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Cascade Game Foundry’s first title is “Infinite Scuba”

Cascade Game FoundryMicrosoft surprised just about everyone when it made the move to disband the popular Flight and Train Simulator franchises back in 2009.

But some of those same employees who were laid off four years ago are back with a new startup, a new direction and a new virtual scuba diving game.

Cascade Game Foundry is an independent game development studio formed two years ago by a small group of veterans of Microsoft’s Aces Studio who previously worked on the Flight and Train sims.

As a startup, they’ve had a completely different experience from their former big-company careers and are finally ready to launch their first title, Infinite Scuba.

“We are definitely in a much better place than we were two years ago,” said Kathie Flood, co-founder of CGF and former Train Sim lead program manager. “We’re on the verge of releasing our very own game, and we’ve built a great foundation to extend the game indefinitely. We continue to remind ourselves, as we have since we started, that a startup must be flexible and open to trying lots of new things, while staying true to the core strengths and passions of the people on the team.”

A team of four full-time employees and another five part-timers are just about ready to debut Infinite Scuba, a simulator that allows users to explore the unpredictable underworld like a real-life scuba diver. Players will be able to share photos during the dive via social networking and also purchase add-ons like equipment and different locations in the game, which is set to release later this quarter and will sell for $9.99 on PC and Mac.

“Many divers — and non-divers — who have played the game say it inspires them to get into the water for real, which is exactly the feeling we hope to deliver,” Flood said.

This has been a completely different experience for the developers with just about everything new: the company, the technology, the audience, the partners, the business model. Flood said that at times it can be overwhelming, especially with how the game industry has been in flux for the past few years. But there’s no doubt the CGF team is having a blast.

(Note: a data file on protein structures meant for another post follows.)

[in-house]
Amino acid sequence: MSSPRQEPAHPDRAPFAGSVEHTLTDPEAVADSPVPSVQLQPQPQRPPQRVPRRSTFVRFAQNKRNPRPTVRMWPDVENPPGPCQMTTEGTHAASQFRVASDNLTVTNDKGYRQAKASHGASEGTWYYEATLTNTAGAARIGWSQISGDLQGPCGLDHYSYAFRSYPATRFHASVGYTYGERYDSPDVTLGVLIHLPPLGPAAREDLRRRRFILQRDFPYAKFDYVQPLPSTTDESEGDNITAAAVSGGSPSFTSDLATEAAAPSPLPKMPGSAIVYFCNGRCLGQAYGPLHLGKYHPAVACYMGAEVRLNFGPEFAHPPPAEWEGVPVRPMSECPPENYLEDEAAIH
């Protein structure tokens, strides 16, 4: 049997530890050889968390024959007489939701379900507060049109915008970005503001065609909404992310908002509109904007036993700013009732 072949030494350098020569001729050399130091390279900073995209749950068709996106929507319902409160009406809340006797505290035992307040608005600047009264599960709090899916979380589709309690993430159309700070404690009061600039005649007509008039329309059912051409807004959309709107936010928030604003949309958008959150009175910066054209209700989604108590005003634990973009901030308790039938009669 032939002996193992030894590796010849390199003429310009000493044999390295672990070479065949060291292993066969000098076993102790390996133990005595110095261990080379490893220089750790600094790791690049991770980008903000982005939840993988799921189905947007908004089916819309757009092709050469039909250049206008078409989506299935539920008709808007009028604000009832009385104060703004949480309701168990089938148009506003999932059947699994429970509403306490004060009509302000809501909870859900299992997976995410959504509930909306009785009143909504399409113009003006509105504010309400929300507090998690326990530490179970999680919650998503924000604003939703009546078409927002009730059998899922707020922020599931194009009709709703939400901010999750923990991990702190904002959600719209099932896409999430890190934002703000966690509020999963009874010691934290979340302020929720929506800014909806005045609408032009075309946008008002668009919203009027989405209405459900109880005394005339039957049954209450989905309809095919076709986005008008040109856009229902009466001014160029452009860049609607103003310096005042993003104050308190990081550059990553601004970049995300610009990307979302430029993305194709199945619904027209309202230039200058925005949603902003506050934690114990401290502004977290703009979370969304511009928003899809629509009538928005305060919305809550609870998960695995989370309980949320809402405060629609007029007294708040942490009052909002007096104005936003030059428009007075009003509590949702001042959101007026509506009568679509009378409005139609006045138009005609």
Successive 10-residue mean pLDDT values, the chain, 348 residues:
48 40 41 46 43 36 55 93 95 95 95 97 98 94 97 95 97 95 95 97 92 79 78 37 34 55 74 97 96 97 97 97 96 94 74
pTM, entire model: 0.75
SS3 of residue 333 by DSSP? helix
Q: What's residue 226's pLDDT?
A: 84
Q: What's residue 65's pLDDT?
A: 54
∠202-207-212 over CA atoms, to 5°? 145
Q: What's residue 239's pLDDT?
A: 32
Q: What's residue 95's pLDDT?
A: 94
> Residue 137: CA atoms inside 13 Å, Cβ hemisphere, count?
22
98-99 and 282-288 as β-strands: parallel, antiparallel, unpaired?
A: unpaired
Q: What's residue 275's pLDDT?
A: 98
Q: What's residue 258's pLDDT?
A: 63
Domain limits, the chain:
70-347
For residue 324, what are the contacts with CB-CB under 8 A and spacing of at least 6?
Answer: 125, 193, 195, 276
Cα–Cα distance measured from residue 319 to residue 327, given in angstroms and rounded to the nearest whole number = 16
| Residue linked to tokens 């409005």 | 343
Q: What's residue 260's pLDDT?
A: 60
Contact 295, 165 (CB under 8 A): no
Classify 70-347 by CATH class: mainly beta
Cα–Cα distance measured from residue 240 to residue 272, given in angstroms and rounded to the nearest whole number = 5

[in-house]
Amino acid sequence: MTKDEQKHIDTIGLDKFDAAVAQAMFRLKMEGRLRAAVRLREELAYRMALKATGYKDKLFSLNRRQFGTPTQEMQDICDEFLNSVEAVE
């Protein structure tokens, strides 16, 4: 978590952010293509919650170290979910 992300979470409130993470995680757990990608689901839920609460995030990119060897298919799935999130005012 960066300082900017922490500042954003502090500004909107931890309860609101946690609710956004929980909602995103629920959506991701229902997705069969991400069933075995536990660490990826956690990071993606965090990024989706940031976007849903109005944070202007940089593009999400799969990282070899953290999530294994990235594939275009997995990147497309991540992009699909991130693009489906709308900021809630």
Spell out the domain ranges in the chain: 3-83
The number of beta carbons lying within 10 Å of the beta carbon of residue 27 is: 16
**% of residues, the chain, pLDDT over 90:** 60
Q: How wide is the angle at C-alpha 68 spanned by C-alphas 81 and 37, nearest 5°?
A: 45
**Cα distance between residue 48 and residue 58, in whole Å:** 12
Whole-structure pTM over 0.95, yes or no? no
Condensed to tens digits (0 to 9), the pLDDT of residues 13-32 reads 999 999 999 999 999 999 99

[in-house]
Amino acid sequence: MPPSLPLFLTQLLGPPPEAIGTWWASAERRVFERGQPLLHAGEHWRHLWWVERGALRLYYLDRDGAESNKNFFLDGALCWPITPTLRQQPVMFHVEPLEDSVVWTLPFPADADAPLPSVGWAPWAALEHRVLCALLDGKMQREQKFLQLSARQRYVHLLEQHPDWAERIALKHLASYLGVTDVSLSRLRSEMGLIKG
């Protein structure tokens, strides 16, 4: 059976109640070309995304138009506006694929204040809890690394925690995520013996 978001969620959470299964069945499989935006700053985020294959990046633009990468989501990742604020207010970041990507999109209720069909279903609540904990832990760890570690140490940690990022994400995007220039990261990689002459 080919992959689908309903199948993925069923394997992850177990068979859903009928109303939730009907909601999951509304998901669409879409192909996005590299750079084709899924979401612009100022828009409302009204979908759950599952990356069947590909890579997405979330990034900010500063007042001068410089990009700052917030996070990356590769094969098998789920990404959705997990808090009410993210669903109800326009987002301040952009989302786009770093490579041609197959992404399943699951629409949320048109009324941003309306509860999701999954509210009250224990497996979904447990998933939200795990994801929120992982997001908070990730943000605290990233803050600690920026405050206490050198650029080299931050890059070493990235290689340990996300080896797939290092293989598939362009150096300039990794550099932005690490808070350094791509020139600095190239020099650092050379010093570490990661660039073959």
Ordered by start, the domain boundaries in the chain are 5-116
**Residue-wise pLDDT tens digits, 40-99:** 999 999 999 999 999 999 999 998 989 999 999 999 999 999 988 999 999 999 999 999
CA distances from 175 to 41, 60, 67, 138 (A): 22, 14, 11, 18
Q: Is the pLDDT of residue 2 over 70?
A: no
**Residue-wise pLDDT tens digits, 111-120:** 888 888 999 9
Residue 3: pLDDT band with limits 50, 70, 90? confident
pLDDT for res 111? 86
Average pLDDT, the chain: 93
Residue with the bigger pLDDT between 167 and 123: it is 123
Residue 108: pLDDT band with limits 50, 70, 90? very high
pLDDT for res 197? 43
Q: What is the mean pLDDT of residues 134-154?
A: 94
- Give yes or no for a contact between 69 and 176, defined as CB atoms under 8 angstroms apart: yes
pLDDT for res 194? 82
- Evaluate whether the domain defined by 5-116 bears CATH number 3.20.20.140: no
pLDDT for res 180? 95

“This has been the ultimate adventure for our eclectic team of grizzled veterans and brave newbies, all of whom have stepped up to wear unfamiliar hats into uncharted territory,” she said.

Then there’s the startup aspect of it all. CGF is a tiny team and completely independent — much different than a big team inside a big studio inside a big division inside a big company.

“There were different, sometimes conflicting, goals at each level of hierarchy,” Flood said of her previous career. “The tradeoffs in these scenarios are pretty stark. We have complete creative freedom, which is a treat, but we can’t always execute with the speed or intensity that can materialize when the stars align in a big company.”

So far, Infinite Scuba has received some nice praise and also found solid partners. The game was selected as a finalist in the Seattle Independent Game Competition and was’s “Best in Show” for DEMA 2012.

CGF has also partnered with more than 20 dive equipment makers and organizations like PADI, DEMA and Mission Blue to help build awareness for the game and create unique experiences and promotions.

Simulator fans will finally get the chance to play a new robust virtual game. After canceling Flight Simulator, Microsoft tried to come back with a new flying simulation title, called Flight, but development was discontinued less than six months after that new version debuted.

Infinite Scuba will be demoed at Thursday’s Power of Play gaming conference in Bellevue, and GeekWire will be there to cover all the action.

Previously on GeekWire: Welcome aboard: A virtual takeoff and landing from the cockpit for Boeing’s 787 Dreamliner


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